There are lots of online hearing tests out there. While they may give you an idea of your hearing abilities, an in-person hearing test with a professional is the most effective approach to start the process of correcting any hearing problems you may have.
We understand that you may be nervous about starting your first hearing test. That's why we're here to make sure you know what to expect so that you can feel comfortable during the test itself.
We'll ask you questions about your medical history and your family's medical history. This is important because many factors contribute to hearing loss. These include the following:
- Current medications
- Previous surgeries
- Previous ear infections
- Family members with similar symptoms or known issues (i.e., diabetes)
An ear examination is performed to look for any physical causes of your potential hearing loss.
Next, we will look inside your ear using an otoscope. An otoscope is a handheld magnifying device that allows the healthcare professional to see inside your ear. We will gently place the flat end of the scope part into your ear canal. Then we may need to tilt your head so that he can get a better view of the eardrum.
You will then have a pure-tone test. This is a test that measures how well you hear across different frequencies. The frequencies are measured in hertz (Hz). The test is done in a soundproof booth where you sit wearing headphones. You then listen to sounds and raise your hand when you hear one.
Speech recognition test
Next, there will be a speech recognition test. This is the last step in your hearing test and is used to determine the severity of your hearing loss and how well you hear in noisy environments. Speech recognition tests are also used to determine how well you hear in quiet environments and your ability to follow directions given by someone who is talking directly to you.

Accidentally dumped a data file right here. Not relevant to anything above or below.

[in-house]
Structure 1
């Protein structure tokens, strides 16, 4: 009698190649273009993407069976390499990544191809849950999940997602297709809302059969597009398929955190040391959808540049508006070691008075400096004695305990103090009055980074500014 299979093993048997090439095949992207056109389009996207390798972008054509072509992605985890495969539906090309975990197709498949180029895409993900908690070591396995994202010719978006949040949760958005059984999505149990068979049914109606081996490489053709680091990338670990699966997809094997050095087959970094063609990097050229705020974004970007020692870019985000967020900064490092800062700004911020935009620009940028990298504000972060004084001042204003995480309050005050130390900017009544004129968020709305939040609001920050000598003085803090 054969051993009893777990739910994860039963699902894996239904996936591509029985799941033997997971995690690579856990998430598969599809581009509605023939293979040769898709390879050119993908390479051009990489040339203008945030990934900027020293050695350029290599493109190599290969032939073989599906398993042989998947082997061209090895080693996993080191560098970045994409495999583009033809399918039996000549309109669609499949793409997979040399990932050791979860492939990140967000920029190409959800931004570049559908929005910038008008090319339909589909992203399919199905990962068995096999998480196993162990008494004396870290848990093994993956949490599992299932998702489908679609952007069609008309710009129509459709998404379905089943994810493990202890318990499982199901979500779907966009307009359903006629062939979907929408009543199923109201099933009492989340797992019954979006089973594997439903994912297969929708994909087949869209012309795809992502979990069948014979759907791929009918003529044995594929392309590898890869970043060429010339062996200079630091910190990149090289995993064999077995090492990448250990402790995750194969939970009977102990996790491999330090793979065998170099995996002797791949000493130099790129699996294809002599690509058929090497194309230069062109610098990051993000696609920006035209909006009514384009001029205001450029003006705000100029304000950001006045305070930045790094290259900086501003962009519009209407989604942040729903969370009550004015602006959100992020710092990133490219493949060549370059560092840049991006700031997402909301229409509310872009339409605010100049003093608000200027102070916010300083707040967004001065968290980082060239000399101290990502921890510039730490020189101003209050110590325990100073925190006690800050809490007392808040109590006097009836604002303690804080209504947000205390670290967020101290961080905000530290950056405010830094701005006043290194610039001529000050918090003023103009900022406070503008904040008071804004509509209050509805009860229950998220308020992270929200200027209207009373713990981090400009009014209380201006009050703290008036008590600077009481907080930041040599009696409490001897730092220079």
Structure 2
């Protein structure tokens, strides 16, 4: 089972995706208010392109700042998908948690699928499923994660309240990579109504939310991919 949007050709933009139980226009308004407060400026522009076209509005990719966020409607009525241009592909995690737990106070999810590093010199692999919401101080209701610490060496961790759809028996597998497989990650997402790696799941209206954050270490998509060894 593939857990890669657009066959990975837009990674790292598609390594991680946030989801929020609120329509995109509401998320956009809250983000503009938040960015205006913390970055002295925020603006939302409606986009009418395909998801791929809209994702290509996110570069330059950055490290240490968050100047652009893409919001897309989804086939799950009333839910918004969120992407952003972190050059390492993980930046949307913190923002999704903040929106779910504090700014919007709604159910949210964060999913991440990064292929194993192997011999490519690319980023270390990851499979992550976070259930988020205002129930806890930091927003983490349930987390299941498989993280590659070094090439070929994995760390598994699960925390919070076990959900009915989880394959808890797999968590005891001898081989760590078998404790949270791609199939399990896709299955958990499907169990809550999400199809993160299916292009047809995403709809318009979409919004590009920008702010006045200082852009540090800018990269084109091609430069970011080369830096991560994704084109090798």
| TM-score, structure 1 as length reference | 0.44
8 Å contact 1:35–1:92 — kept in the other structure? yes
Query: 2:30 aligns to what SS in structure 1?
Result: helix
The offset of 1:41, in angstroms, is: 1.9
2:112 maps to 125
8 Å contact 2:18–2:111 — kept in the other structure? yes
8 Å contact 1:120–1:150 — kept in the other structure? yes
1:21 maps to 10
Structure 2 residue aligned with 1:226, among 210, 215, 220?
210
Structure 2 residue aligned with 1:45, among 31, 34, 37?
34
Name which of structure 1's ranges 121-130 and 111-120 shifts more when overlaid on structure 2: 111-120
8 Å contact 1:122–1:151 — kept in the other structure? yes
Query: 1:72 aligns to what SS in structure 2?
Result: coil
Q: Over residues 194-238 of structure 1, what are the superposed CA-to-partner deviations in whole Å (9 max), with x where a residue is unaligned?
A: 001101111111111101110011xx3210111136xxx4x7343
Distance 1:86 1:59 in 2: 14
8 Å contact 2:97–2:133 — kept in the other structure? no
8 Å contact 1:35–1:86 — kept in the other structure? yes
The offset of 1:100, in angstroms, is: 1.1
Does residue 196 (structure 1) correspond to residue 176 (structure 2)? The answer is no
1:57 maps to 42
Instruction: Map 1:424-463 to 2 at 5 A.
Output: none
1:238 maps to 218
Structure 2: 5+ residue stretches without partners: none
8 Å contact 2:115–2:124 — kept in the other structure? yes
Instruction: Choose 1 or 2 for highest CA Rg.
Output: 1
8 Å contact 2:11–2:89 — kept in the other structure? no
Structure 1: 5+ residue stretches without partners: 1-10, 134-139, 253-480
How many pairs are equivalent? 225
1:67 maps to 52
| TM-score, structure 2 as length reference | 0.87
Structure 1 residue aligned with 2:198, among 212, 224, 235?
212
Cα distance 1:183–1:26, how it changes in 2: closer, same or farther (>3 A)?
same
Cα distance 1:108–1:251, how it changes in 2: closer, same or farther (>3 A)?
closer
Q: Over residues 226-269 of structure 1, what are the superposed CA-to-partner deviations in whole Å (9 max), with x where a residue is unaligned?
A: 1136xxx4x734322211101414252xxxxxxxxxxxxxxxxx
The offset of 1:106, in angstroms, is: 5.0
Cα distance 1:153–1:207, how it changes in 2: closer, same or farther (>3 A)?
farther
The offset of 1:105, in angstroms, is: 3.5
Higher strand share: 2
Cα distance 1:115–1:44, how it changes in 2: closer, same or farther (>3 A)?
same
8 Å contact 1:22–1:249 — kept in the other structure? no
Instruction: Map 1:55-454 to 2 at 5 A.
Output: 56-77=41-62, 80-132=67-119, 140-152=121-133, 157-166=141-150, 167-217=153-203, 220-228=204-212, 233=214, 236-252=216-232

We may perform other tests as we see fit, but these are the main two that are part of every hearing test.
After your hearing test, we will explain your test results and discuss the next steps with you.
There are 4 levels of hearing loss to look out for:
- Mild Hearing Loss: People with mild hearing loss can hear sounds between 25 and 40 decibels. They can't hear subtle sounds like a ticking clock or a dripping faucet.
- Moderate Hearing Loss: A person with moderate hearing loss can't hear sounds that are less than 40-75 decibels on average. Normal speech may be difficult to understand for people with moderate hearing loss.
- Severe Hearing Loss: Without a hearing aid, a person with severe hearing loss may find it difficult to follow a conversation.
- Profound Hearing Loss: This is the most severe and significant level of hearing loss. Hearing aids are less useful for people who have substantial hearing loss. Even loud sounds, such as airplane engines or fire alarms, are difficult to hear when you have severe hearing loss.
Are you ready to get tested? Book an appointment with us today!